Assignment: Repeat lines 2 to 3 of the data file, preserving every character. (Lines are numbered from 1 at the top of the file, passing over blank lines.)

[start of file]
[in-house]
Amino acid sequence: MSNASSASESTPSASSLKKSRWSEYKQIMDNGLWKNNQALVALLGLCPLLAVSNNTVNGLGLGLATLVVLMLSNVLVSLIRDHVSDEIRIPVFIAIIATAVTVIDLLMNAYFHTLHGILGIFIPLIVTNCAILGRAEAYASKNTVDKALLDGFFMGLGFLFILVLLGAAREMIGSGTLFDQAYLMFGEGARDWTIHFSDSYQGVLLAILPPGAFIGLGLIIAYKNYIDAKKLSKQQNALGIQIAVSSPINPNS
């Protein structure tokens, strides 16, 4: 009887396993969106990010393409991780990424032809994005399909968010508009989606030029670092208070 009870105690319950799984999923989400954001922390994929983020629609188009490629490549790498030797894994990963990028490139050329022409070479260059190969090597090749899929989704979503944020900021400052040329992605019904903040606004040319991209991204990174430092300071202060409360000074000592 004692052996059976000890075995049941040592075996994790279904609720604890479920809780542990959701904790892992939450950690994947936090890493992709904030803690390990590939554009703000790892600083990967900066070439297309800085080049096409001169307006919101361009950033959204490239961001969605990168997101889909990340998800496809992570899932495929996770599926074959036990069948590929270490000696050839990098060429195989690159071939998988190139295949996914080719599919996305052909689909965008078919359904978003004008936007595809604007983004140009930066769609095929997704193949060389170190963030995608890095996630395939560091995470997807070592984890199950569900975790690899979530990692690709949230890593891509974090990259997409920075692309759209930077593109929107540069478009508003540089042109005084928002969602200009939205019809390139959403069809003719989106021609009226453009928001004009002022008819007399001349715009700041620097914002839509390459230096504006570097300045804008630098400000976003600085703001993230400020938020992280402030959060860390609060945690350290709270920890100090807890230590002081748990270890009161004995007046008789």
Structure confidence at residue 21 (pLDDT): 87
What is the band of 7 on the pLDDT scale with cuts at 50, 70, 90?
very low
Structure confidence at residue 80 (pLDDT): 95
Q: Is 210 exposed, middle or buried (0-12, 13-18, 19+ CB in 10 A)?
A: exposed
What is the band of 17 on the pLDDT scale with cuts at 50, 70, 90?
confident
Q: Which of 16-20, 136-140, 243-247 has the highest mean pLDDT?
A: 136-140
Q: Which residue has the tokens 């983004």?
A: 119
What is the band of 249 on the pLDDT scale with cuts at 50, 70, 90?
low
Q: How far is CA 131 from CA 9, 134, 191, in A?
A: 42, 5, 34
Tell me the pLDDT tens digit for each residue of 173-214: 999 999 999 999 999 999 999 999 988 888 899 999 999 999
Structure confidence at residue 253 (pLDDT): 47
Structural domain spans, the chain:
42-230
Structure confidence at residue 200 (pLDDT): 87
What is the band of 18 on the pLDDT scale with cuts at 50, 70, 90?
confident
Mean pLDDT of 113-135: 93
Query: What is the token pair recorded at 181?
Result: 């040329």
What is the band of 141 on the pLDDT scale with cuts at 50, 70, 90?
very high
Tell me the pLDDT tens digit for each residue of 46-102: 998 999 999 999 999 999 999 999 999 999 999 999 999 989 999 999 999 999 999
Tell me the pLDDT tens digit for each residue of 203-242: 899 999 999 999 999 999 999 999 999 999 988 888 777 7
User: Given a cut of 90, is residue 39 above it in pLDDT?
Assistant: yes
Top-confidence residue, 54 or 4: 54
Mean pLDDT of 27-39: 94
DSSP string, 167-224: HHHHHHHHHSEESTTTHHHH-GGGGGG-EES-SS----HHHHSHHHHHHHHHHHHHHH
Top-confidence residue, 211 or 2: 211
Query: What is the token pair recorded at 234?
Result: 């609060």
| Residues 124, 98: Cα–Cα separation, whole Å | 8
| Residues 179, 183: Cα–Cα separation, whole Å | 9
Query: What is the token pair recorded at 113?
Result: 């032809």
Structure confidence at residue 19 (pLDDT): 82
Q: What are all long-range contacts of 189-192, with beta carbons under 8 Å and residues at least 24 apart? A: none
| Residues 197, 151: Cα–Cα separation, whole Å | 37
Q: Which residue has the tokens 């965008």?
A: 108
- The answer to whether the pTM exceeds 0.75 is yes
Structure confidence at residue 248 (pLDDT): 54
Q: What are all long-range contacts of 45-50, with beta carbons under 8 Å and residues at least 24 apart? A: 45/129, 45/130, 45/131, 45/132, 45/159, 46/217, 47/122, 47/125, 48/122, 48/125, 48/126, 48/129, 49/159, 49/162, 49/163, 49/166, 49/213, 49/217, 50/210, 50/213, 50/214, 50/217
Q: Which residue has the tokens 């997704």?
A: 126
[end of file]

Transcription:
Amino acid sequence: MSNASSASESTPSASSLKKSRWSEYKQIMDNGLWKNNQALVALLGLCPLLAVSNNTVNGLGLGLATLVVLMLSNVLVSLIRDHVSDEIRIPVFIAIIATAVTVIDLLMNAYFHTLHGILGIFIPLIVTNCAILGRAEAYASKNTVDKALLDGFFMGLGFLFILVLLGAAREMIGSGTLFDQAYLMFGEGARDWTIHFSDSYQGVLLAILPPGAFIGLGLIIAYKNYIDAKKLSKQQNALGIQIAVSSPINPNS
């Protein structure tokens, strides 16, 4: 009887396993969106990010393409991780990424032809994005399909968010508009989606030029670092208070 009870105690319950799984999923989400954001922390994929983020629609188009490629490549790498030797894994990963990028490139050329022409070479260059190969090597090749899929989704979503944020900021400052040329992605019904903040606004040319991209991204990174430092300071202060409360000074000592 004692052996059976000890075995049941040592075996994790279904609720604890479920809780542990959701904790892992939450950690994947936090890493992709904030803690390990590939554009703000790892600083990967900066070439297309800085080049096409001169307006919101361009950033959204490239961001969605990168997101889909990340998800496809992570899932495929996770599926074959036990069948590929270490000696050839990098060429195989690159071939998988190139295949996914080719599919996305052909689909965008078919359904978003004008936007595809604007983004140009930066769609095929997704193949060389170190963030995608890095996630395939560091995470997807070592984890199950569900975790690899979530990692690709949230890593891509974090990259997409920075692309759209930077593109929107540069478009508003540089042109005084928002969602200009939205019809390139959403069809003719989106021609009226453009928001004009002022008819007399001349715009700041620097914002839509390459230096504006570097300045804008630098400000976003600085703001993230400020938020992280402030959060860390609060945690350290709270920890100090807890230590002081748990270890009161004995007046008789």